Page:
Topic 6 - Organisations, movements and members

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Types of religious organisation:
Church Denomination
Hierarchal Breakaway from the Church
Linked to the state Less hierarchal
Conservative Generally conservative but broadly accept society's
Membership = Universalist and open. Members values - concerned with 'everyday morality'
integrate with society Universalist with open membership BUT tend to rely
Have monopoly on the truth on conversion and family ties
E.g. Church of England See themselves as one of many explanations of
'truth'
Wallis - 'world accommodating' - try and make the
world a better place, focus on spirituality
E.g. Methodists
Cult Sect
Loose structure No distinct structure - one charismatic leader
emphasis opportunity and success Radical - advocate a return to pure religion
open membership Closed and controlled membership - members
tolerant of other religions - do not have monopoly withdraw from society
on the truth intolerant of others and see themselves as the only
Wallis - 'world affirming' - offer success and truth
betterment through spiritual teaching. Aim to make Wallis - 'world rejecting' - highly critical of the outside
the world a better place world: often aim to create social change
Stark and Bainbridge - cults promise members 'this Stark and Bainbridge - sects offer 'other worldly
worldly benefits' such as good health benefits' such as a place in heaven
E.g. Scientology E.g. Jones Town
Subdivisions of Cults - Stark and Bainbridge:
Subdivide cults dependent on levels of organisation
1. Cultic Movements - most organised and demand high levels of commitment (e.g. Scientology)
2. Client Cults - based on relationship between consultant and client. Services offer fulfilment and self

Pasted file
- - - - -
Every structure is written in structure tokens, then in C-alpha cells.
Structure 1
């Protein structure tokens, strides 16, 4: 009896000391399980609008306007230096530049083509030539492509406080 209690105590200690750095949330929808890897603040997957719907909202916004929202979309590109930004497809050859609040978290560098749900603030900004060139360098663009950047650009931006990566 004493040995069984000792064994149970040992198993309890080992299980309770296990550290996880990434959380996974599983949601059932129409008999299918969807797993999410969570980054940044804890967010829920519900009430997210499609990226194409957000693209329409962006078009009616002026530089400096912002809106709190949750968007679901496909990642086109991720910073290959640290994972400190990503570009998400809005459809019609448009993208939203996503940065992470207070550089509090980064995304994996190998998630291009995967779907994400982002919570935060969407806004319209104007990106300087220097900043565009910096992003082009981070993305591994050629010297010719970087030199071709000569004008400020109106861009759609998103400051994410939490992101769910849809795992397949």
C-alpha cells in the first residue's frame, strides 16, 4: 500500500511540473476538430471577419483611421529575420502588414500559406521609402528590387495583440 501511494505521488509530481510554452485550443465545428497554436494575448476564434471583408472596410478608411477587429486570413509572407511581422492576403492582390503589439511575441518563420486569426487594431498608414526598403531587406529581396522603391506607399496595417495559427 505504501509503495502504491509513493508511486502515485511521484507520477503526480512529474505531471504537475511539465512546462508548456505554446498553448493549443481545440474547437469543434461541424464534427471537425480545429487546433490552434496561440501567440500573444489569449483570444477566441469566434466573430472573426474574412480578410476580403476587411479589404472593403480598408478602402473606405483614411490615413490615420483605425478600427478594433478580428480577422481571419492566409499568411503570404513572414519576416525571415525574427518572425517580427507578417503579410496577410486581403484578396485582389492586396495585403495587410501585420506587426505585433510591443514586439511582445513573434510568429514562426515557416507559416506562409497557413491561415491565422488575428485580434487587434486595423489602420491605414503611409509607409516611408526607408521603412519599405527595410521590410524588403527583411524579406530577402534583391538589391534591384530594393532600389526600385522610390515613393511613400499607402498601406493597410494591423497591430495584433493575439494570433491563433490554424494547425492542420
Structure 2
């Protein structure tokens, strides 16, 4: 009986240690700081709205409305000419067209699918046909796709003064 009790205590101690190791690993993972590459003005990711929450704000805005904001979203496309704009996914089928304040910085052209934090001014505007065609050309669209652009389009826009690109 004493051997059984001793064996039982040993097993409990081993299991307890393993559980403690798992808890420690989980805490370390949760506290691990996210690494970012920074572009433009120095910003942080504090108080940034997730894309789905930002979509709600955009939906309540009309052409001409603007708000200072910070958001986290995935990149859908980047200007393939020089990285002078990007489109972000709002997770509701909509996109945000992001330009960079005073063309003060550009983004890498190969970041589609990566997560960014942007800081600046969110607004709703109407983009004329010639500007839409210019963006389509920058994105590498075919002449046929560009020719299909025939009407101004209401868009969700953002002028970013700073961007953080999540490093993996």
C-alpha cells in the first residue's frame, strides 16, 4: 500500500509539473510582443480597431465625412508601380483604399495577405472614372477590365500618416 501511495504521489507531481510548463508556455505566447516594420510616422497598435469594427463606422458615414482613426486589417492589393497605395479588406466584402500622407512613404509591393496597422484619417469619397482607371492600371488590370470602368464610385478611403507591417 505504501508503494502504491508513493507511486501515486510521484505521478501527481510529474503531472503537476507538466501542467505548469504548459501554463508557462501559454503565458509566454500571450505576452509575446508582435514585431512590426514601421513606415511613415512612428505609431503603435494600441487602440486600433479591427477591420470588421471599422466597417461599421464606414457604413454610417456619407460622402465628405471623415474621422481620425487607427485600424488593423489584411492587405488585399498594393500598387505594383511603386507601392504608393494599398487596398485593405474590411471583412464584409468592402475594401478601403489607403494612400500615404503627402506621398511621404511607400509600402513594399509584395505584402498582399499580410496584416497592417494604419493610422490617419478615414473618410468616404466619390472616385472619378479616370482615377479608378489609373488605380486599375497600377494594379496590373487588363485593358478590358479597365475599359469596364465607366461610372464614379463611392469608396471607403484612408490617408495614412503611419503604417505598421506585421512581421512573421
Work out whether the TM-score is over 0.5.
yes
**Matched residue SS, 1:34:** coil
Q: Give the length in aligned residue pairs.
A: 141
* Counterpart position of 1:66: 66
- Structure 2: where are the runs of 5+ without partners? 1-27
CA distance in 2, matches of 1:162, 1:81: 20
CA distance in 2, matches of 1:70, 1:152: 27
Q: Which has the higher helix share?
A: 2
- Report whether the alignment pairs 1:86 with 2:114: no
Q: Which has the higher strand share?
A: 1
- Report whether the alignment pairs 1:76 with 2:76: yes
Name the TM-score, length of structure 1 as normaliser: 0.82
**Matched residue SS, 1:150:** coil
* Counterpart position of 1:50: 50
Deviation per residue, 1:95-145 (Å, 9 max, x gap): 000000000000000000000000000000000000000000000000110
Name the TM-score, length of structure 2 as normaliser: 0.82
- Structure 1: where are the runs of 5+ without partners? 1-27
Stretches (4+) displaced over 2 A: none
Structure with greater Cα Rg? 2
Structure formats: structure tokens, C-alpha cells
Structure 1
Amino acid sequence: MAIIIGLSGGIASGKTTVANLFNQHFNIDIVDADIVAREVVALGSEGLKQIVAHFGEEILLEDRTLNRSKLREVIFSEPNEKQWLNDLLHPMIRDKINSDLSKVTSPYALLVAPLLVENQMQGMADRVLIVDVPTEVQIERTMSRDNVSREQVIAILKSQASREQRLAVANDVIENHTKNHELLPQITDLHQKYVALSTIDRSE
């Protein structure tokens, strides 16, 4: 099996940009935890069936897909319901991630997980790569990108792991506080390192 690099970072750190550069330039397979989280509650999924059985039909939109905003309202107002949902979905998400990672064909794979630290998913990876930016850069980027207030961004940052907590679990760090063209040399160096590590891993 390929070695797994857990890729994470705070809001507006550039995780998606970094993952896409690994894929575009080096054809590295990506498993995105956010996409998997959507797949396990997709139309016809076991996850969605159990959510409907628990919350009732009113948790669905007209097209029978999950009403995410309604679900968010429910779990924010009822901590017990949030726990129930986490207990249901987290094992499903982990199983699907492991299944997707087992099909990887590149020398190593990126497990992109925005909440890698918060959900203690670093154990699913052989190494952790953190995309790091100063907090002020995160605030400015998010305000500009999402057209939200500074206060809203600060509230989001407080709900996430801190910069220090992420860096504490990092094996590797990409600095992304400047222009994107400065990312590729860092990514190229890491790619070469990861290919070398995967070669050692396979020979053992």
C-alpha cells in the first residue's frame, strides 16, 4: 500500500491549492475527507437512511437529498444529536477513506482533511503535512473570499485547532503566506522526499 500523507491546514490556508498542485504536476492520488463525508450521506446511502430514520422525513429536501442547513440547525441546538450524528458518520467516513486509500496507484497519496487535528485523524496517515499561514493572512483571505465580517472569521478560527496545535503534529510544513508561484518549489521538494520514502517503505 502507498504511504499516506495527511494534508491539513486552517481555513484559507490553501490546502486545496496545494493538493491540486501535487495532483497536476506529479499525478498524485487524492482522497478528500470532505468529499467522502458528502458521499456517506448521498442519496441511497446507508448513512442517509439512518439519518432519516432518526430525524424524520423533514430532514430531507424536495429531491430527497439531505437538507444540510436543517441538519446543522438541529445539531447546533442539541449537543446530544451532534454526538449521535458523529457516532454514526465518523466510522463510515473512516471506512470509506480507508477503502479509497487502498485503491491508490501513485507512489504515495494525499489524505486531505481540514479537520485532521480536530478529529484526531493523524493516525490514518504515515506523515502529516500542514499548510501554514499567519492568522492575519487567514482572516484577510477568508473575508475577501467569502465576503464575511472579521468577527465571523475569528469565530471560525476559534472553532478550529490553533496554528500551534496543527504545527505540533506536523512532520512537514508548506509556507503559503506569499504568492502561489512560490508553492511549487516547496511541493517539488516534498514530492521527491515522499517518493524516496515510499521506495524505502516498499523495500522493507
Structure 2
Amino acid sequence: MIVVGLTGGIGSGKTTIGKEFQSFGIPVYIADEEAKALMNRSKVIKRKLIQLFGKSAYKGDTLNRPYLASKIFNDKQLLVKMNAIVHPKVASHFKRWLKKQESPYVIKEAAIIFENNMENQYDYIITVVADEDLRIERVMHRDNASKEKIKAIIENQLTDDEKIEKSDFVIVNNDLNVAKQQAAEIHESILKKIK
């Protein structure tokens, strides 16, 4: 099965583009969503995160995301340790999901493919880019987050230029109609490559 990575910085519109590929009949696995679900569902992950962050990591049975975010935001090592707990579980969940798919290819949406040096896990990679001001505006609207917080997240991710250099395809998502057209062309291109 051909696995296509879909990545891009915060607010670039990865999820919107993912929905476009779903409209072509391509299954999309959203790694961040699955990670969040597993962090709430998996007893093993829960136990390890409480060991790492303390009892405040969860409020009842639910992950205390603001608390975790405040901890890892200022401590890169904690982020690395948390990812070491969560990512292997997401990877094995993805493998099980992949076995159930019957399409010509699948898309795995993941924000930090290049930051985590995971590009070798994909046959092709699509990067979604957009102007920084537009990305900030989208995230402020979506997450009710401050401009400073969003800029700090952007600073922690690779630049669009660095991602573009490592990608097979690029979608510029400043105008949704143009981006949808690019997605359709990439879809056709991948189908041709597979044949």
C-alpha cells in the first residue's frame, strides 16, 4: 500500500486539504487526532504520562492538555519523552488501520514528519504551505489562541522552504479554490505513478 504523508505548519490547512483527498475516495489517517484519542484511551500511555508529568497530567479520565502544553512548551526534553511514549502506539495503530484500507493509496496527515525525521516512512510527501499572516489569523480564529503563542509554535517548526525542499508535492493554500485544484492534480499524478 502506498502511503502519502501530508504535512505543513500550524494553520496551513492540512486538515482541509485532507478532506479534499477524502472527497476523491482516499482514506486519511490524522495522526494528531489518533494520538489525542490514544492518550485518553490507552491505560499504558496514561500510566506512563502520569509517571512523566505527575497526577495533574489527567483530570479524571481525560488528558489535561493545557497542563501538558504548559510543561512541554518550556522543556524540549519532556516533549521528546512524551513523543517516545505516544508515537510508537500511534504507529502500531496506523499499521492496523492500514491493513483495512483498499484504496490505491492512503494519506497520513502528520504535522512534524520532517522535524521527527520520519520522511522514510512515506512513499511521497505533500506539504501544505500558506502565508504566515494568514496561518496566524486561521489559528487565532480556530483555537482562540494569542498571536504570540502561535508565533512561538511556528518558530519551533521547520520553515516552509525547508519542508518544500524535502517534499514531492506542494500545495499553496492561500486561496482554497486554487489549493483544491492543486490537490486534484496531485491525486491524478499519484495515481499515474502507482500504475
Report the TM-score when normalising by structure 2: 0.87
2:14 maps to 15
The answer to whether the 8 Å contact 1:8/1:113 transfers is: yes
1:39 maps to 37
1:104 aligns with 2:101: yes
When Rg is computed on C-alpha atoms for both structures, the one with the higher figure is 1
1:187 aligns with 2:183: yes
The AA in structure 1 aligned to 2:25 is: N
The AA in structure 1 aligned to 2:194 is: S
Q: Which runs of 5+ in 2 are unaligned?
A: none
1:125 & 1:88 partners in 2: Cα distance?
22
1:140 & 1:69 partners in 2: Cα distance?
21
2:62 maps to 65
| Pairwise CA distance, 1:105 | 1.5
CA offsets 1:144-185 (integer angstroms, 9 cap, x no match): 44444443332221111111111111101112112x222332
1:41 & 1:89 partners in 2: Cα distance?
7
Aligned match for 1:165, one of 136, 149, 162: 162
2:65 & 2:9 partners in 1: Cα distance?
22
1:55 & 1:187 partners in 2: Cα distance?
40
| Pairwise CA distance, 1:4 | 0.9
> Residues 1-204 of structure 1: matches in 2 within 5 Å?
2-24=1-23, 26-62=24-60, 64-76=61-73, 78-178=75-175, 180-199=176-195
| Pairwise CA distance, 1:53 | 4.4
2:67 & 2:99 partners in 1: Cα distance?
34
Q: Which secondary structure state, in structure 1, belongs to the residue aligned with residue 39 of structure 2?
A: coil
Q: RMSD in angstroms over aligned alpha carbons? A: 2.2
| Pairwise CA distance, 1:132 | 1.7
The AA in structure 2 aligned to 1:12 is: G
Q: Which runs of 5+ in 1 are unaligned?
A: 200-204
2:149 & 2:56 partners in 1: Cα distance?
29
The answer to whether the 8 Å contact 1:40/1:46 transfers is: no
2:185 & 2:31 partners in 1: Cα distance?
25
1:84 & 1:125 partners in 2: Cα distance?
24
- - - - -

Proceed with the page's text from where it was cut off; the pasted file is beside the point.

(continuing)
discovery (e.g. Homeopathy)
3. Audience Cults - least organised, no formal commitment. Participation via media
Explaining the growth of religious movements:
1. Weber: Marginality
Sects arise in groups who are marginal to society and who may feel disprivileged
Sects offer a solution: 'theodicy of disprivilege' - a religious explanation and justification for their
disadvantage and suffering (may be explained as a test of faith)
However since 1960s sect like world-rejecting NRMs such as the Moonies have recruited from more
affluent groups - may be because they had become marginalised
2. Relative Deprivation
Someone who is fairly privileged may feel they are deprived compared to others
m/c are materially well off but may feel spiritually deprived in today's world - Wallis argues they may
turn to sects for the sense of community that they offer
3. Social Change
Wilson - periods of rapid change undermine social norms and values. In response to uncertainty
and insecurity, may turn to sects for sense of community
Bruce - growth of sects in response to changes involved in modernisation and secularisation.
Attracted less to traditional religion which requires too much commitment and sacrifices

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Features of the New Age:
No formal organisation
Ritual behaviour
There are many truths
Members integrate in society
Commitment to spiritual growth
Growth of the New Age:
Bruce:
Modern society values individualism, a key principle of the New Age
New Age beliefs are less demanding and require less self discipline - easier to participate in
Heelas:
New Age offers a source of authentic identity, in a society where we have many roles
New Age offers an alternative way to achieve perfection
New Age provides certainty…read more

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